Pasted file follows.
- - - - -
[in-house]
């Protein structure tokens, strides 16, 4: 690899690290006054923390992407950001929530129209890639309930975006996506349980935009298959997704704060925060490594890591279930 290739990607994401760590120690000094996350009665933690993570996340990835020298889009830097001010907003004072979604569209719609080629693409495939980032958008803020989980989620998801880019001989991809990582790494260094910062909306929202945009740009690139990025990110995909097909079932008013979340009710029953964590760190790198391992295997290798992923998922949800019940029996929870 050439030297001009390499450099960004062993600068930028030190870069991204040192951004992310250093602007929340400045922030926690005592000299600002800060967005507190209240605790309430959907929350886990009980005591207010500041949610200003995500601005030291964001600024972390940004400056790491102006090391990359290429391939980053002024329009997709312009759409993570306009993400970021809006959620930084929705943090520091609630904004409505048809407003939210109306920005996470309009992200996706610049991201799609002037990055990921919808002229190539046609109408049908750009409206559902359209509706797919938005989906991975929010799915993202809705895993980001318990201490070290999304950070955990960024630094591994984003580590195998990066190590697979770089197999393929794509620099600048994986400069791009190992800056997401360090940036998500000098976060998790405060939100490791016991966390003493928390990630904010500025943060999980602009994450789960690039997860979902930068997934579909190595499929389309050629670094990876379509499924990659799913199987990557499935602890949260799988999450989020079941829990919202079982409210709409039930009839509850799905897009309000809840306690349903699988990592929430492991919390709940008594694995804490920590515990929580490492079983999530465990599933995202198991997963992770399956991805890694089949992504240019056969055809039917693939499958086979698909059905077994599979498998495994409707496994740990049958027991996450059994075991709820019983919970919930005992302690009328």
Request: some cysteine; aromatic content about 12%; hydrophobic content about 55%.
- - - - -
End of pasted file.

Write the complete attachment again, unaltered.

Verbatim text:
[in-house]
């Protein structure tokens, strides 16, 4: 690899690290006054923390992407950001929530129209890639309930975006996506349980935009298959997704704060925060490594890591279930 290739990607994401760590120690000094996350009665933690993570996340990835020298889009830097001010907003004072979604569209719609080629693409495939980032958008803020989980989620998801880019001989991809990582790494260094910062909306929202945009740009690139990025990110995909097909079932008013979340009710029953964590760190790198391992295997290798992923998922949800019940029996929870 050439030297001009390499450099960004062993600068930028030190870069991204040192951004992310250093602007929340400045922030926690005592000299600002800060967005507190209240605790309430959907929350886990009980005591207010500041949610200003995500601005030291964001600024972390940004400056790491102006090391990359290429391939980053002024329009997709312009759409993570306009993400970021809006959620930084929705943090520091609630904004409505048809407003939210109306920005996470309009992200996706610049991201799609002037990055990921919808002229190539046609109408049908750009409206559902359209509706797919938005989906991975929010799915993202809705895993980001318990201490070290999304950070955990960024630094591994984003580590195998990066190590697979770089197999393929794509620099600048994986400069791009190992800056997401360090940036998500000098976060998790405060939100490791016991966390003493928390990630904010500025943060999980602009994450789960690039997860979902930068997934579909190595499929389309050629670094990876379509499924990659799913199987990557499935602890949260799988999450989020079941829990919202079982409210709409039930009839509850799905897009309000809840306690349903699988990592929430492991919390709940008594694995804490920590515990929580490492079983999530465990599933995202198991997963992770399956991805890694089949992504240019056969055809039917693939499958086979698909059905077994599979498998495994409707496994740990049958027991996450059994075991709820019983919970919930005992302690009328």
Request: some cysteine; aromatic content about 12%; hydrophobic content about 55%.